Skin Deep

By S.A. Hawkins

2
Posted June 6, 2013 in Arts & Culture

(WEB)artThe Fine Art of Tattoos

The relationship between the tattoo and fine art world has always been a tumultuous one. The art of tattooing is one surrounded in stigma, history, controversy and, more recently, big business.

In this day and age of professional artists making works in any context, out of non-traditional materials and by whatever means necessary, the tattoo world is still one that has been long shunned by the fine art world. Twenty-three percent of all Americans have a tattoo, according to a recent Pew Research poll—times are changing and so is the art world.

Any of us that were at the opening for MOCA’s “Art in the Streets” exhibition have seen the trend of what was once considered “outsider art” now falling directly under the “blue chip” designation. As with much of our fast-paced world, the art market is always looking for the new hot thing, and we all love a comeback. An underappreciated art form that has just been waiting in the wings, the fine art of tattooing has been developing its contemporary practice, biding time for the invitation to arrive in the mail.

As I was watching the new documentary film short titled Skin, it came to my attention that the invitation had most definitely arrived and the tattoo world gladly infiltrated the “blue chip” fine art world. Skin documents a fine art endeavor that involves several people getting an “original artwork” tattooed on their body, designed by artists such as Damien Hirst, Jeff Koons, and Richard Prince. Interviews by representatives from Christie’s Auction House speak in the movie about the contemporary implications that arise from something like this tattoo project, i.e. ownership, value, archival nature, etc. With some big names backing the project, the art world has quickly begun to take notice.

For those of us who live both in the art world and also the tattoo world, this question is asked more times than I can remember . . . “Are tattoos art?” By definition alone, making stylized markings on one material—in this case the human body—using a secondary marking material, i.e. ink and tattoo gun is by definition art-making. But, a better question may be . . . Are tattoos accepted within the main stream canon of art?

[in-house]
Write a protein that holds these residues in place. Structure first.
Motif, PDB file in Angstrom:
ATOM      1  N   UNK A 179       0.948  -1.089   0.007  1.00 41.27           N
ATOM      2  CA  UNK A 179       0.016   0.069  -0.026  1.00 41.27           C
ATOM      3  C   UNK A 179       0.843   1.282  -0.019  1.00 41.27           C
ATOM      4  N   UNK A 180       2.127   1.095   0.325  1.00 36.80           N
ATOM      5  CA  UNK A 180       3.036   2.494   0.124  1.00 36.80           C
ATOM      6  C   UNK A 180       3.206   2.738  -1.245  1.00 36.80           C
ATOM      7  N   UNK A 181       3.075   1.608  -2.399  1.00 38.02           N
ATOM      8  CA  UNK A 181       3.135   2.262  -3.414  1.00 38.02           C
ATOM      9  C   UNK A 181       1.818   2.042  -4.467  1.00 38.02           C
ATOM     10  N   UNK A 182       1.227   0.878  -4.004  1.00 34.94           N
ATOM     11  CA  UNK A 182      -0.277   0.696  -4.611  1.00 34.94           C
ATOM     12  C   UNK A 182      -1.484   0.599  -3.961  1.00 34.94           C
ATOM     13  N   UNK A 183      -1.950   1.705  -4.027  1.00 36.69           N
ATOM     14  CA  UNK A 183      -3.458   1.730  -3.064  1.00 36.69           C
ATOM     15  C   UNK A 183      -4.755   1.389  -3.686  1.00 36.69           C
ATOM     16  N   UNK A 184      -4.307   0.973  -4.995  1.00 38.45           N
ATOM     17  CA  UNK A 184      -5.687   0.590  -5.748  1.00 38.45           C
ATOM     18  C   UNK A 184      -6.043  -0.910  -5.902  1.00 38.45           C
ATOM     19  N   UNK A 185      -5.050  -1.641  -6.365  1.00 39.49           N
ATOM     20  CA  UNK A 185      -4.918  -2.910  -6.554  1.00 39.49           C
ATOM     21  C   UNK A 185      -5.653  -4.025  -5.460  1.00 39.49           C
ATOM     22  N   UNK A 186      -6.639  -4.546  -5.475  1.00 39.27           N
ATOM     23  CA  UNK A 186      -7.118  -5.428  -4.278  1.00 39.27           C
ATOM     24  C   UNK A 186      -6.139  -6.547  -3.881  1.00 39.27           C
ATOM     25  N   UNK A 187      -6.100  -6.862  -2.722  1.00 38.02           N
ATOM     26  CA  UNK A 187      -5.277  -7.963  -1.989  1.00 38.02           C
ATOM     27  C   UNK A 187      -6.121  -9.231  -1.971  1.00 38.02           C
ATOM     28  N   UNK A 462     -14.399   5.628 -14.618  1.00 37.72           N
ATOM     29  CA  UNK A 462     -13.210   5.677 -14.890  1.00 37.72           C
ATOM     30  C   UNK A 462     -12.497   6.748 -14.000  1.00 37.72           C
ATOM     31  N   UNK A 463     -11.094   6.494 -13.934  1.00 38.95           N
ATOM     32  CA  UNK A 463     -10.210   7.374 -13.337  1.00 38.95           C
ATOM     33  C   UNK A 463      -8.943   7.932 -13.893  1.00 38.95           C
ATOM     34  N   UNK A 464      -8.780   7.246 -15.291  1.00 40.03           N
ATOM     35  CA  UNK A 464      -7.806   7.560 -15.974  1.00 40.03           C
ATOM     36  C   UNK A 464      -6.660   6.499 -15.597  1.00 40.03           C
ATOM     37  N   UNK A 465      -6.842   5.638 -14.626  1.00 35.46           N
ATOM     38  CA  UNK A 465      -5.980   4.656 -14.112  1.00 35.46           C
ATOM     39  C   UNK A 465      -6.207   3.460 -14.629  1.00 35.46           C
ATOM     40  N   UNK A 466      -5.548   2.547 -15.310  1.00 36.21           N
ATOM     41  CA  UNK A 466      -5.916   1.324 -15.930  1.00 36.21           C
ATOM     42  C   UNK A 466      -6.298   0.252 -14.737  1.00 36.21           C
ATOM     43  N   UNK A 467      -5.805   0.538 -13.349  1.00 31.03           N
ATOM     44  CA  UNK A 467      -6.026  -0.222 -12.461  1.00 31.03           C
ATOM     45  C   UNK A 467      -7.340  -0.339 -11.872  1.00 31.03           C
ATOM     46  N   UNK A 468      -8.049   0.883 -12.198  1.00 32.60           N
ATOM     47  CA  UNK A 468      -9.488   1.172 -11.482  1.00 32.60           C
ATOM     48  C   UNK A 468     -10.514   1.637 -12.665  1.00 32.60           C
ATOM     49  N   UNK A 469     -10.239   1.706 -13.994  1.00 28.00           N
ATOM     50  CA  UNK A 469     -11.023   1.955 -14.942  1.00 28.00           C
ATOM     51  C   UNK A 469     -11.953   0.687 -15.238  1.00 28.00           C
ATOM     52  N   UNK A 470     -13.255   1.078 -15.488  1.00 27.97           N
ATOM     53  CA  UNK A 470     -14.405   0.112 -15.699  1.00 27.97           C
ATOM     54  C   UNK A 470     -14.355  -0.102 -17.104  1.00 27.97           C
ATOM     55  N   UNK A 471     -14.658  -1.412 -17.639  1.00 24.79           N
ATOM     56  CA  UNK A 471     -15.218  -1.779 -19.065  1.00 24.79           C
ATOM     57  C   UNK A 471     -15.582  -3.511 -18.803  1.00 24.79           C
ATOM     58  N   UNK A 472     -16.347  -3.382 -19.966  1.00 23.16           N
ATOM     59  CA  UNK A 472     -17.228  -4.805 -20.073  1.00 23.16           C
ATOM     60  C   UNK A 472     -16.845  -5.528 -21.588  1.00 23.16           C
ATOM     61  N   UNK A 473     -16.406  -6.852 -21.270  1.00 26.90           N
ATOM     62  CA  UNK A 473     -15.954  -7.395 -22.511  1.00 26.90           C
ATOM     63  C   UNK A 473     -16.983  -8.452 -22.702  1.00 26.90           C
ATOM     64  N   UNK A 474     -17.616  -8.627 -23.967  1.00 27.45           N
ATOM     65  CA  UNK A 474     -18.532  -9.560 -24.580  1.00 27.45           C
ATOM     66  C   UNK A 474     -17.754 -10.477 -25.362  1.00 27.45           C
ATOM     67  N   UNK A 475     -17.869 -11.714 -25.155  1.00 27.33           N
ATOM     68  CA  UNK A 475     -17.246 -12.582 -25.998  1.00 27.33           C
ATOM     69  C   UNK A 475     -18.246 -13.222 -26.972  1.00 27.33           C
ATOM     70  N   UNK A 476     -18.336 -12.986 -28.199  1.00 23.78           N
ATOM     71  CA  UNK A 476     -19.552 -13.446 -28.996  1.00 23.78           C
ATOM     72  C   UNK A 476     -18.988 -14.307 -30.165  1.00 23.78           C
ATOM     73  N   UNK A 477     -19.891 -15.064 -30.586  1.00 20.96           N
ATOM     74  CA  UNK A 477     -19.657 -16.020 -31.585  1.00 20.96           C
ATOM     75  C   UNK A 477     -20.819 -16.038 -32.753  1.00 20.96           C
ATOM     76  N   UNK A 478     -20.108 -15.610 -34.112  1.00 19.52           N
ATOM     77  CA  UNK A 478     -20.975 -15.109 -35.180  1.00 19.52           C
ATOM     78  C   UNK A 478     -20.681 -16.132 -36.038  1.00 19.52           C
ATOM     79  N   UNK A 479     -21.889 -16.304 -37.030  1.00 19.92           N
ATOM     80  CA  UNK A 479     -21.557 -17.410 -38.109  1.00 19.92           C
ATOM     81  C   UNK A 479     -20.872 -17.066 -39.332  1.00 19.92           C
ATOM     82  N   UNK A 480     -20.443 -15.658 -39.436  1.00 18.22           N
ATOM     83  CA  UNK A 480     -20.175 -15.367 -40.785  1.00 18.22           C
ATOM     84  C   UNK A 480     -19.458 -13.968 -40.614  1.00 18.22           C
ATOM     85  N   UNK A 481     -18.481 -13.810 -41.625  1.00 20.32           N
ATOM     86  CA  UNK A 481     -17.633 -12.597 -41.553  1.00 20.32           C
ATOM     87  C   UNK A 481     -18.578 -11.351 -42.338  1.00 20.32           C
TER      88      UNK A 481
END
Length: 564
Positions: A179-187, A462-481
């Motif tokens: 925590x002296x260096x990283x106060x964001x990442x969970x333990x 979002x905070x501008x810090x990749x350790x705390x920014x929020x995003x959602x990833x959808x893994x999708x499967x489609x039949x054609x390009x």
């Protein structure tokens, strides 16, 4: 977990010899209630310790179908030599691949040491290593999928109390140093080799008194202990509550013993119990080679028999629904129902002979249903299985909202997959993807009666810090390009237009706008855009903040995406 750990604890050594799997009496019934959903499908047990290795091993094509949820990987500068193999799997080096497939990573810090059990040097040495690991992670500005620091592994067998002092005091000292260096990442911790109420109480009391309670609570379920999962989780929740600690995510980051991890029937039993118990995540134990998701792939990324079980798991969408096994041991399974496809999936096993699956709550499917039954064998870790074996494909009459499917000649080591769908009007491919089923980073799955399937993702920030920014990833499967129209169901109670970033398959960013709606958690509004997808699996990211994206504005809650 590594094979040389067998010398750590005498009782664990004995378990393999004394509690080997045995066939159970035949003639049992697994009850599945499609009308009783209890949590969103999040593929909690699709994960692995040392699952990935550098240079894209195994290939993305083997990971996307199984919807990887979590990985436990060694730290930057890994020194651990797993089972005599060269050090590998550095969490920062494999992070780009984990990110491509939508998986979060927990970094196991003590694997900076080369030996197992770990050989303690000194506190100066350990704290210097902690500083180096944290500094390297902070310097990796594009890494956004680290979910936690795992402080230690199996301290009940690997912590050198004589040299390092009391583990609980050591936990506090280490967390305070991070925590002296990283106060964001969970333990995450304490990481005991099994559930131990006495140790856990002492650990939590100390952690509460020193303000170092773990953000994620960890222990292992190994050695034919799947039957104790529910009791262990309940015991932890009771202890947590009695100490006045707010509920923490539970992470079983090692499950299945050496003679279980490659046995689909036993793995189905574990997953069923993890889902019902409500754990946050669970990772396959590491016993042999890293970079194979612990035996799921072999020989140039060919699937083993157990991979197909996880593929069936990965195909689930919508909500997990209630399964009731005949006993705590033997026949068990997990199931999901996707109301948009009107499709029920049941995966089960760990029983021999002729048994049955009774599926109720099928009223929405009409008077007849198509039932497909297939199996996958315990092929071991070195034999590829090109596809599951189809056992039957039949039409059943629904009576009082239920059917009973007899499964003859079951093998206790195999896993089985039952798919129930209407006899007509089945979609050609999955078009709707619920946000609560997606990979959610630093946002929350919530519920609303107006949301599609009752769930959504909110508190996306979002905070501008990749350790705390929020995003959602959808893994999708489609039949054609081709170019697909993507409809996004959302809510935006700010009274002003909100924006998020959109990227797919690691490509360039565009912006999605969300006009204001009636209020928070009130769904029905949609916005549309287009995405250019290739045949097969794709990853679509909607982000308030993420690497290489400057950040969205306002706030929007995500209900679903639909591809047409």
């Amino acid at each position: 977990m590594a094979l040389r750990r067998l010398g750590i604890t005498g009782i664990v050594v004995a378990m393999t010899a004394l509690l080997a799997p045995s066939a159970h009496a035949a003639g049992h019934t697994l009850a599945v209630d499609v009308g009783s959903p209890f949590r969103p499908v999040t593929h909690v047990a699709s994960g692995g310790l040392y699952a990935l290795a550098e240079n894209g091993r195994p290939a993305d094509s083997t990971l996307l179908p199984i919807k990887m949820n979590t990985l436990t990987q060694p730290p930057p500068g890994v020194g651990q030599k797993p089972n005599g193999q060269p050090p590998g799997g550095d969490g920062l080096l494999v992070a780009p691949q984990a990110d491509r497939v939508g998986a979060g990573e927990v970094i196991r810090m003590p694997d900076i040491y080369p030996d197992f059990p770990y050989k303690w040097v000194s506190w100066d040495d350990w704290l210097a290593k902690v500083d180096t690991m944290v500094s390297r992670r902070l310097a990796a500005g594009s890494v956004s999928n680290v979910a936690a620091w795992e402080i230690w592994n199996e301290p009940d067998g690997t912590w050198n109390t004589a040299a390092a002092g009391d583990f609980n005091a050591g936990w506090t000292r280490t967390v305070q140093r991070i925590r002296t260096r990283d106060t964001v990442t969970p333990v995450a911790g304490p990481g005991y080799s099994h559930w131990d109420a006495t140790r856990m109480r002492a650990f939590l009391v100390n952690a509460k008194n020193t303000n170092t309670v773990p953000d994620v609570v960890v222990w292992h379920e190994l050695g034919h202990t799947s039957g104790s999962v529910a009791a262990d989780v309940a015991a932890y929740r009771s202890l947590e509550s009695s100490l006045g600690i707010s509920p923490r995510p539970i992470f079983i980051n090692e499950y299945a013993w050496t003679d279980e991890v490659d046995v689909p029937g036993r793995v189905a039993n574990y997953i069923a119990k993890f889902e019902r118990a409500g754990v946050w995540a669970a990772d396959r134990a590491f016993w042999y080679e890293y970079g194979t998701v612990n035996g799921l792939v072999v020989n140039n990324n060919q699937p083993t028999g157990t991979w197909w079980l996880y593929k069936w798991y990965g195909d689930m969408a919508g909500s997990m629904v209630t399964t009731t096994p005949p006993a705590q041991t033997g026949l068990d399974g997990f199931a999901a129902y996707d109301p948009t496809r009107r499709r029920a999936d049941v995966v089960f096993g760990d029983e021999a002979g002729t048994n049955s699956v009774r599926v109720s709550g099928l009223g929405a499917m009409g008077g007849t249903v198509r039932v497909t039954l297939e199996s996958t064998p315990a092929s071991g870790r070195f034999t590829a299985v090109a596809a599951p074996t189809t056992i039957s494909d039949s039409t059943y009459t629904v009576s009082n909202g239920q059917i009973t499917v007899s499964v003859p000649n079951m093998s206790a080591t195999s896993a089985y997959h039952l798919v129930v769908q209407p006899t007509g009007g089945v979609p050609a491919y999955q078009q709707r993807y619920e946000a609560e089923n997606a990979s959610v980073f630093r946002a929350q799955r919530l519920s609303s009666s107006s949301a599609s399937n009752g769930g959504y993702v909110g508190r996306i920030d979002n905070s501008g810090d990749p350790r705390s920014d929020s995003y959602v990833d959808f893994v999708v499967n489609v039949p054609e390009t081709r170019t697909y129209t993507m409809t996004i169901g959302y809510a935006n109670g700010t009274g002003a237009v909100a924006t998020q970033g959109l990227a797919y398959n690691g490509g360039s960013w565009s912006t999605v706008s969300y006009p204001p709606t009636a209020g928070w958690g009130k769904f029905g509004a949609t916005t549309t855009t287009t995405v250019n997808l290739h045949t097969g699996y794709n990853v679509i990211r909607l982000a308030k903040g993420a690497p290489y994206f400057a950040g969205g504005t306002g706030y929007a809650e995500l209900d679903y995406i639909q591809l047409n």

For some time the fine art world has accepted the tattoo process in various forms, usually within participatory art or performance art. One notable example would be the provocative and interesting work of Wim Delvoye, a Belgian neo-conceptual artist known particularly for his shocking projects. For some time his practice has involved tattooing pigs and either stretching the skin on canvas post-humus or having the swine preserved through the taxidermy process and shown as sculptural works of art. Delvoye’s newer works are along a similar line to the tattoos featured in the Skin documentary, one of which resides on a human named Tim Steiner—in the form of a full back tattoo. This piece of art, unlike those shown in Skin, was for sale on the open market and purchased by a German collector for 150,000 Euros. As per the contract, Tim is required to exhibit himself three times a year, and upon his death, the tattooed back skin will be removed and handed over to the collector—yep!

While the art world is warming up to tattoo process being used within contemporary art, another trend is also on the rise. This is one of someone that works a day job as a famous tattooer, and moonlights as an up and coming art star. One prime example of this new trend is noted artist Shawn Barber. Barber is known for his portraits of tattooed humans and his world famous tattoos.

While some have found success as the pioneers of the tattoo/fine art crossover, this is simply the precursor . . . The dam has yet to burst.

So back to the initial question, “Are tattoos art?”

If you have ever taken an art history class, you will already know this answer—there is not one answer; it is subjective—a gray area. We as the viewers must look at each work with unbiased eyes, judging it to be fine art or amazingly skilled craft, based on its individual concept, content and context. You can see many different kinds of fine art in this weekend’s Ink-N-Iron Festival and the “Kulture Klash” group art exhibition in conjunction with Ink-N-Iron—and then perhaps you can decide for yourself.

“Kulture Klash” and Ink-N-Iron Festival at the Queen Mary, 1126 Queens Hwy., Long Beach, (877) 342-0738; ink-n-iron.com. June 7-9. Tickets $60-$450. All ages.


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